Blink-and-you’ll-miss-it. Belize is a pint-sized country that is often skipped as eager travelers race through Central America on the infamous gringo trail. There might be any number of reasons for that (not least because its tourist infrastructure is sorely lacking) but that’s doing this exotic location something of a disservice. Belize is a country that definitely deserves a second (if not first) look.
A former British colony and the newest territory in this part of the world, it’s still finding its feet when it comes to tourism – but the secret is steadily getting out. Before you visit Belize, this article will help you dip a toe into the warm waters of the Caribbean while keeping a foot firmly in historic Mesoamerica.
Everyone Speaks English
As we previously mentioned, Belize used to be owned by the British. As you visit Belize, you’ll find (quite surprisingly for some) that this is the only country in Central America where Spanish isn’t the first language. While this might not please those wanting to practice that tongue, it’s quite a pleasant experience for the rest of us when it comes to getting around.
While 60% of the population is bilingual, anyone with English in their locker will find their stay to be devoid of awkward charades and language barriers. Perhaps another reason why it’s become a popular retirement destination for native English speakers.
You Can’t Drink the Tap Water
Don’t do it. Not unless you’re willing to risk “Montezuma’s revenge.” Some believe it’s possible to drink the tap water only in Placencia – a beach resort village. But even then we wouldn’t advise it. Regardless, in this part of the world, you should be very cautious when it comes to your liquid intake. Maybe it’s best to just stick to beer (of which more anon).
Water purification tablets are always a sound investment. You shouldn’t have any problems brushing your teeth, but when in doubt go with bottled water. Just remember to recycle afterwards.
World-Class Scuba Diving
If there is one thing that Belize is famous for – it’s the sub-aquatic experience. Anyone who has ever strapped on an oxygen tank or sucked on a snorkel will have heard just how good the waters are here, including the second longest barrier reef in the world, and the breathtakingly mysterious “Great Blue Hole,” the poster child of the Belize tourist industry.
Adventurous types flock to Belize to enjoy all kinds of water sports off the coast and the cayes (to which we shall return). Windsurfing, paragliding paddle boarding, kayaking, wakeboarding…if you can do it on or in the water you can do it here – which makes for a fantastic adventure holiday. But the real thrill – is most definitely under the waves.
The Islands are Called Cayes
To experience some of the aforementioned adventure sports, or to relax on a pristine, white sand beach with crystal clear azure waters, you’ll more than likely need to head to one of the many Belize cayes. This is the name given to the islands of the country (pronounced ‘keys’), and this is where you’ll discover paradise on earth.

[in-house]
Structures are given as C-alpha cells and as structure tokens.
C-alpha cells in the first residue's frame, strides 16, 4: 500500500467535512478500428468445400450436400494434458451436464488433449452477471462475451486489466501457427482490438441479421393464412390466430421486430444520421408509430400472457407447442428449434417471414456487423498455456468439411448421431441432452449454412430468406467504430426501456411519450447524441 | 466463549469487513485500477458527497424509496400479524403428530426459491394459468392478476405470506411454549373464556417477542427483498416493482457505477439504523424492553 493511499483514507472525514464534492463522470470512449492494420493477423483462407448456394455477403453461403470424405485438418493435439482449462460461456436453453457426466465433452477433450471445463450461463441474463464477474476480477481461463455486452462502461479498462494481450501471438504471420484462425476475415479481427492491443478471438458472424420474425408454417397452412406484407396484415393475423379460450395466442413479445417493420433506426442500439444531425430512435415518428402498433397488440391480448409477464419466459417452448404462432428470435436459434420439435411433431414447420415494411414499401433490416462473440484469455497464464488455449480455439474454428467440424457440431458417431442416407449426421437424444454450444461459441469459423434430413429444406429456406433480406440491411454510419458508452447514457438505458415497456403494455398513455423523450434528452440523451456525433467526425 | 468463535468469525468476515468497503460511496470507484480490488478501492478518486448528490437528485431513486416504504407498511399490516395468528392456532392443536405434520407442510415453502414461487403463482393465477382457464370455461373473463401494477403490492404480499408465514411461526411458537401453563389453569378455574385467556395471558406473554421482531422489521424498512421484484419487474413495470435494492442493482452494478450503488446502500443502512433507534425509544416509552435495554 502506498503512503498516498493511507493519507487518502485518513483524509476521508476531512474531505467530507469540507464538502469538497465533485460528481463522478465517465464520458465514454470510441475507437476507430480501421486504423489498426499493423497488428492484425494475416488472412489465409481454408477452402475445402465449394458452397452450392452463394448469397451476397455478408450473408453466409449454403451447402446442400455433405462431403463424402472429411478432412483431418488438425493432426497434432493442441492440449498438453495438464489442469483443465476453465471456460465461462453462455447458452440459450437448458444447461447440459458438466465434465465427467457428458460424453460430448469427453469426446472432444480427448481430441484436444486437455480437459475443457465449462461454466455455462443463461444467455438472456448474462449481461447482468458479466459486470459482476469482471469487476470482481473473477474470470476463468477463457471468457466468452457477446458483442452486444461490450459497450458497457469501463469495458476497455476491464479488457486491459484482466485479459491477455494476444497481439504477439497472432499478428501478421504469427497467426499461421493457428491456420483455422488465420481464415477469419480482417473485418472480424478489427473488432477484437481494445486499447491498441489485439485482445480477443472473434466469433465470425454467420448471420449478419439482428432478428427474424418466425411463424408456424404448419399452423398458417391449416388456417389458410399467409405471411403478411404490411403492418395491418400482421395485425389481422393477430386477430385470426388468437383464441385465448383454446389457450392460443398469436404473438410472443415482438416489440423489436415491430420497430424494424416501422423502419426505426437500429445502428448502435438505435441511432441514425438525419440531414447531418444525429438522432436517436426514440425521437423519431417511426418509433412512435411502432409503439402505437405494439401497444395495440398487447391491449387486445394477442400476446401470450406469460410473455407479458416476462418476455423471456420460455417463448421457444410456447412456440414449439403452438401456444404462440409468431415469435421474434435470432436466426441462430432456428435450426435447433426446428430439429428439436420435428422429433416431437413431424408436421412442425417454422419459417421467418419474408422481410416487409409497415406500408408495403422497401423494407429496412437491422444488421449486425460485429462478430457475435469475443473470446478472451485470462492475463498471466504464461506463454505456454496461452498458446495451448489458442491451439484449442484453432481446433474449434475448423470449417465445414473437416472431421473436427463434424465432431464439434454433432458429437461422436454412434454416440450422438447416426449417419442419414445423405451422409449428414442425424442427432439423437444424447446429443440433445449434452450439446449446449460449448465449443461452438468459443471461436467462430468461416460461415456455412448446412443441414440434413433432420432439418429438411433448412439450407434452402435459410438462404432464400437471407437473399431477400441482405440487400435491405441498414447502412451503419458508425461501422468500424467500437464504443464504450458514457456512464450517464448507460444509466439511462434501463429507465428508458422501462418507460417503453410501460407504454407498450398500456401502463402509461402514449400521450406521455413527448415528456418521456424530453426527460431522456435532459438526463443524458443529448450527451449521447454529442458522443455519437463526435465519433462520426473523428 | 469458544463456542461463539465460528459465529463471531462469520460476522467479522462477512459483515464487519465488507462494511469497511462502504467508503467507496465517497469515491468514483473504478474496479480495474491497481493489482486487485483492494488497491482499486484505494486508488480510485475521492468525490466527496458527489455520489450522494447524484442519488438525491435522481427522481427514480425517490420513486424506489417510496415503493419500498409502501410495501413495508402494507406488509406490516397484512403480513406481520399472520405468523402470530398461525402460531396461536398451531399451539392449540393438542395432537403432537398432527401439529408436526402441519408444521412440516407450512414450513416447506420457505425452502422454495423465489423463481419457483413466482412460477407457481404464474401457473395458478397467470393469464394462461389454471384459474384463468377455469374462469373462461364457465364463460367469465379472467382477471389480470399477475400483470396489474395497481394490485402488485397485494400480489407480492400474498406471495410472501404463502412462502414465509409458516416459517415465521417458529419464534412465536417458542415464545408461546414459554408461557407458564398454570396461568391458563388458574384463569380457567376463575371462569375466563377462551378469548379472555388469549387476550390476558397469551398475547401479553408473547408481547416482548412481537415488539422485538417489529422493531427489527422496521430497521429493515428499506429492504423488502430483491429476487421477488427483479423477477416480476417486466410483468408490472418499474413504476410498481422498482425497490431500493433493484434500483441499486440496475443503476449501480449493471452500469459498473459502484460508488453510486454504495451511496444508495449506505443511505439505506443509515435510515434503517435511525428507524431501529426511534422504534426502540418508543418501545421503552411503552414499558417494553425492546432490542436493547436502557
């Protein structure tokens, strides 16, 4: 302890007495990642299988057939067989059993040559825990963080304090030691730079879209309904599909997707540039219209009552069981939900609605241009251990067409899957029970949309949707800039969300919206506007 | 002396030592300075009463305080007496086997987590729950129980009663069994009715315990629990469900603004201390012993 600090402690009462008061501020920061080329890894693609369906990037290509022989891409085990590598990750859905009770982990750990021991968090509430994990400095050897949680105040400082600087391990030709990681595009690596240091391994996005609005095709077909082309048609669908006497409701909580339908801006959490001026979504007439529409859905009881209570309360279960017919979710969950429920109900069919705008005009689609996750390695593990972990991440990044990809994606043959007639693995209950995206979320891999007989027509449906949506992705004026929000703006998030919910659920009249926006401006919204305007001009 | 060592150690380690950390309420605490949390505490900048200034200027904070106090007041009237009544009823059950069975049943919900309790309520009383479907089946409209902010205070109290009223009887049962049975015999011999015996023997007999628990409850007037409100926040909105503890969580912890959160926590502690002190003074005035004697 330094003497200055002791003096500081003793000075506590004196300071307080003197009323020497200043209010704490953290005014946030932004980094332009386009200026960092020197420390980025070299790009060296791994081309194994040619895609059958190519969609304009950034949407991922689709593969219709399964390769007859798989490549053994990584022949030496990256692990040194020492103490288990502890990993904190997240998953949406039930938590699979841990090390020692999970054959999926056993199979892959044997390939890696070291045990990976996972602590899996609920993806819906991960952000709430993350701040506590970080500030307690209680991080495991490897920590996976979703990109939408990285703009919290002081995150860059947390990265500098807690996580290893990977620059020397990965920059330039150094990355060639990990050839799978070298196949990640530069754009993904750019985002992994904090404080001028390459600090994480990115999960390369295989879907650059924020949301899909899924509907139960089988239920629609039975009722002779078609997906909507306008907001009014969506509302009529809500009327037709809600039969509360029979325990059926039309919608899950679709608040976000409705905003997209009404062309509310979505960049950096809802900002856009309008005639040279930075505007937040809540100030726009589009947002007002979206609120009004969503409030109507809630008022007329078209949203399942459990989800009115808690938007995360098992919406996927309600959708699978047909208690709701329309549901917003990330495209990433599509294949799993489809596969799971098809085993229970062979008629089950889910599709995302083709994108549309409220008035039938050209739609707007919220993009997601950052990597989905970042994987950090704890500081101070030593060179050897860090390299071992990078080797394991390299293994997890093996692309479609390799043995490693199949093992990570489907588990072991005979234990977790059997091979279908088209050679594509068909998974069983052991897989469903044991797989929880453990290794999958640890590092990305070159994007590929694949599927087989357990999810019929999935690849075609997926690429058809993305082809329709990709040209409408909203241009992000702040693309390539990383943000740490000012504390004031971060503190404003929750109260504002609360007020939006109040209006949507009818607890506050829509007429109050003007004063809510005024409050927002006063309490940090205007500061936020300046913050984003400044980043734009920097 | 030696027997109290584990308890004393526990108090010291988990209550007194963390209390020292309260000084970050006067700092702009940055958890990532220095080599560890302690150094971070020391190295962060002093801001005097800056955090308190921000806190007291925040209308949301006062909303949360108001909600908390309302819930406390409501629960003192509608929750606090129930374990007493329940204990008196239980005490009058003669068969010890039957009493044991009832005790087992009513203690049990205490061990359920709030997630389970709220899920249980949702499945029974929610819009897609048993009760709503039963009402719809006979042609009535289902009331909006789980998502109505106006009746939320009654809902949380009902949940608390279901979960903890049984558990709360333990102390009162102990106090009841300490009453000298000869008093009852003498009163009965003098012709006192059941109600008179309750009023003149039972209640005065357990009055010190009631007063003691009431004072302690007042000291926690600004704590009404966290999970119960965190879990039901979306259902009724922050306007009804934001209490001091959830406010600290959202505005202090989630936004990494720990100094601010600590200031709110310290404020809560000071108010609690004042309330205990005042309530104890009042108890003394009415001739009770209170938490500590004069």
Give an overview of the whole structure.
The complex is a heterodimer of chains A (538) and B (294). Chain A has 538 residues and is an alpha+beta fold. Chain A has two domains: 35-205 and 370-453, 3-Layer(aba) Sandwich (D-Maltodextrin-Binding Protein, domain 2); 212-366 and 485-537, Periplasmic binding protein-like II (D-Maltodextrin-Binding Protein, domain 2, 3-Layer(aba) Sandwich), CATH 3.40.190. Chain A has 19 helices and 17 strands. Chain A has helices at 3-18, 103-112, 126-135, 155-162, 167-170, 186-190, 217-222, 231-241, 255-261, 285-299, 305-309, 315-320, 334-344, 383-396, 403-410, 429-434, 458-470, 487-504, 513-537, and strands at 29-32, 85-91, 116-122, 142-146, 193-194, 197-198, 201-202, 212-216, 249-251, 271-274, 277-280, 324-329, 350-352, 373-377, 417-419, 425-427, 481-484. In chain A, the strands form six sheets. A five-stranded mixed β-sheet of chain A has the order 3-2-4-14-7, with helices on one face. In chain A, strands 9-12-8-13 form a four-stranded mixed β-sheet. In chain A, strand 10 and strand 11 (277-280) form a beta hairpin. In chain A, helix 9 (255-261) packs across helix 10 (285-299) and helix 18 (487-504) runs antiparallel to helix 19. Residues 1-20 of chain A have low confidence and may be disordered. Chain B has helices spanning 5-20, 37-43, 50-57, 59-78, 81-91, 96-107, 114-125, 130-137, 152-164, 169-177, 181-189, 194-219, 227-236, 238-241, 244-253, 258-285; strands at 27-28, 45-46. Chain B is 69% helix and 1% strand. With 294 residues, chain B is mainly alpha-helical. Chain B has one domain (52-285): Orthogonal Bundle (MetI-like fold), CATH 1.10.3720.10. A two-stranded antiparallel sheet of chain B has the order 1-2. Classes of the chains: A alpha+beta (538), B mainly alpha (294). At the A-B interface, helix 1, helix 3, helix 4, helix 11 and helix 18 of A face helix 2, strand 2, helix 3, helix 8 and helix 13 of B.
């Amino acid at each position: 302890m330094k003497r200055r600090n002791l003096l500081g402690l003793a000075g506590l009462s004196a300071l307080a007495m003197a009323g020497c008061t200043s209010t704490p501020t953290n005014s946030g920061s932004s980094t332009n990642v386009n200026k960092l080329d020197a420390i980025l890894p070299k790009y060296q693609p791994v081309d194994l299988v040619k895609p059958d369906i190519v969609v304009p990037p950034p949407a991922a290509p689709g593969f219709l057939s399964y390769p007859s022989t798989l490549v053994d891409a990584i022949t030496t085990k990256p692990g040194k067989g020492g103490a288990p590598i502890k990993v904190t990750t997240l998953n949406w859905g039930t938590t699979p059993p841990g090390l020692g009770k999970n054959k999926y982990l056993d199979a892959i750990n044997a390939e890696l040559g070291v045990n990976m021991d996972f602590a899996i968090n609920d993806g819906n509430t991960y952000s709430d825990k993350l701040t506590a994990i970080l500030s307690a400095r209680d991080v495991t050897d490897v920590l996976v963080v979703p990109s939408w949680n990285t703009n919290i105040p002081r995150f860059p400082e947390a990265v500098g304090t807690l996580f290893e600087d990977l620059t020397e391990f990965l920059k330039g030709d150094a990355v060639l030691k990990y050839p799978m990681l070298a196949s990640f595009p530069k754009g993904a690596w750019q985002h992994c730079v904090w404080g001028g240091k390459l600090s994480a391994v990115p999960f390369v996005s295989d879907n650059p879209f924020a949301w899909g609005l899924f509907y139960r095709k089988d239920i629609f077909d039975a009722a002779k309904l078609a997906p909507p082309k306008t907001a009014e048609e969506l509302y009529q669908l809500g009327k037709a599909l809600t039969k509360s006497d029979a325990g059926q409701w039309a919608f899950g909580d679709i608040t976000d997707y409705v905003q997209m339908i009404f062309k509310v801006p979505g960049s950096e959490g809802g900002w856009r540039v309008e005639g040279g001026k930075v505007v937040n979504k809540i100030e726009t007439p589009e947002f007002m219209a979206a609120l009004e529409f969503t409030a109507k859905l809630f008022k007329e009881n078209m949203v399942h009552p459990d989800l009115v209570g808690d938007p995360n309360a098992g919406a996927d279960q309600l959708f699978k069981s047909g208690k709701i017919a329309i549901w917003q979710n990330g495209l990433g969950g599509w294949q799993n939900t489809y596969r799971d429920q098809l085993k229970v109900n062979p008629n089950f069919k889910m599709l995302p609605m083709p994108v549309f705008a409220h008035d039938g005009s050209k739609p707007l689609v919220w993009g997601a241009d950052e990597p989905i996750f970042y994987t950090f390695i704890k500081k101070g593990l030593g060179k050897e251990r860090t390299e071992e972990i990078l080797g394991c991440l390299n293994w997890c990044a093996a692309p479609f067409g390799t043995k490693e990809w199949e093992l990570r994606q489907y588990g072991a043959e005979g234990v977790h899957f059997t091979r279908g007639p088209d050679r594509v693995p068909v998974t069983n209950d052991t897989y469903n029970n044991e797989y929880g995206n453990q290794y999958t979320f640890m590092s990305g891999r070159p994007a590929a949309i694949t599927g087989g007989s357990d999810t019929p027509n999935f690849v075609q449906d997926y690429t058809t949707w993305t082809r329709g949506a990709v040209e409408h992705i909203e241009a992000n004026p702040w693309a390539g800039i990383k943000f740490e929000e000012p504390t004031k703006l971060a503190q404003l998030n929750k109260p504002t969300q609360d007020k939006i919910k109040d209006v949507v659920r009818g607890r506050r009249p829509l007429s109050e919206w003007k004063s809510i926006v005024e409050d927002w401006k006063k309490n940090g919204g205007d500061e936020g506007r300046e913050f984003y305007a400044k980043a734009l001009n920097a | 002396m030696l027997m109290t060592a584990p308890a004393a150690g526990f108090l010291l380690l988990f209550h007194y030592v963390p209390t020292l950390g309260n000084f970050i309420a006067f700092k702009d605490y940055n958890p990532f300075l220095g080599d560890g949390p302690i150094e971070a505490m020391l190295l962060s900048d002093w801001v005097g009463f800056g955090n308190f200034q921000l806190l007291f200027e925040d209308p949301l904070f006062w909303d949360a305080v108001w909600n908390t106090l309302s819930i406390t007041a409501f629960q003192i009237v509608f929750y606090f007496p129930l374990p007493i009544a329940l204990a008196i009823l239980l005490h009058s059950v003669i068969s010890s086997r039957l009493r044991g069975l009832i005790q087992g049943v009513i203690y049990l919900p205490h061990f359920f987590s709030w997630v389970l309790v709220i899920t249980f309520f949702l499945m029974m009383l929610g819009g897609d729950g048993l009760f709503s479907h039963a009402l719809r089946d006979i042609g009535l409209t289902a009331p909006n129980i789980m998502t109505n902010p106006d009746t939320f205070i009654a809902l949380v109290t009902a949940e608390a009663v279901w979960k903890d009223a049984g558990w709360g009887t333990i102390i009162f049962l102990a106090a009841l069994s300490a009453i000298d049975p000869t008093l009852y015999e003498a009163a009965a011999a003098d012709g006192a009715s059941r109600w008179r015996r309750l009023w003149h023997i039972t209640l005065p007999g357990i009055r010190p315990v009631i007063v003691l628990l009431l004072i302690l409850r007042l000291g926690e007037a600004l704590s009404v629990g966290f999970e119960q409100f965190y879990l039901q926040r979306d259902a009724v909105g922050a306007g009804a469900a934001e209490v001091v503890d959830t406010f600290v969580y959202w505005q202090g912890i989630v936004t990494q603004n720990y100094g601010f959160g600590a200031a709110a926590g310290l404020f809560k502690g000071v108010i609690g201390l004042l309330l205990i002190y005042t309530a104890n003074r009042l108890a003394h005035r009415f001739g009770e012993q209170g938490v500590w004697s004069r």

There are some 450 of these cayes dotted all along the Belize barrier reef, all with varying degrees of attraction. Some, like Caye Caulker (pictured above) are extremely popular with tourists, but there are plenty of all-but-deserted island getaways for you to live out your Robinson Crusoe fantasy.
They Love Beer
Who doesn’t?! Beer is a very popular beverage in Belize, however, it’s not going to be quite like what you’re used to. Foreign imported beers are actually not allowed in the country, so everything is owned and brewed by the local Belkin Brewing Company – including Guinness – which has a different taste to its Irish counterpart.
That being said, you can buy the stuff everywhere, and you’ll see everyone nursing a bottle at any time of day – all over the country. And is there really anything better than drinking an ice cold beer on a white sandy beach in glorious weather? It’s a match made in Belize.
We managed to wait until the end of the article before cracking this cliched pun, but Belize really is worth the hype. Aside from a relaxing or adventure filled holiday, there’s also an abundance of ancient Mayan locations to gawp at – so it’ll intrigue the history buff too. A visit here will not disappoint. You’d better Belize it. (Sorry).
Agness has been traveling since 2011, working as a digital nomad and online entrepreneur. Originally from Poland, she has a master’s degree in New Media from Amsterdam University, studied English and Spanish for four years at the University of Wolverhampton, and has currently visited 65 countries and counting.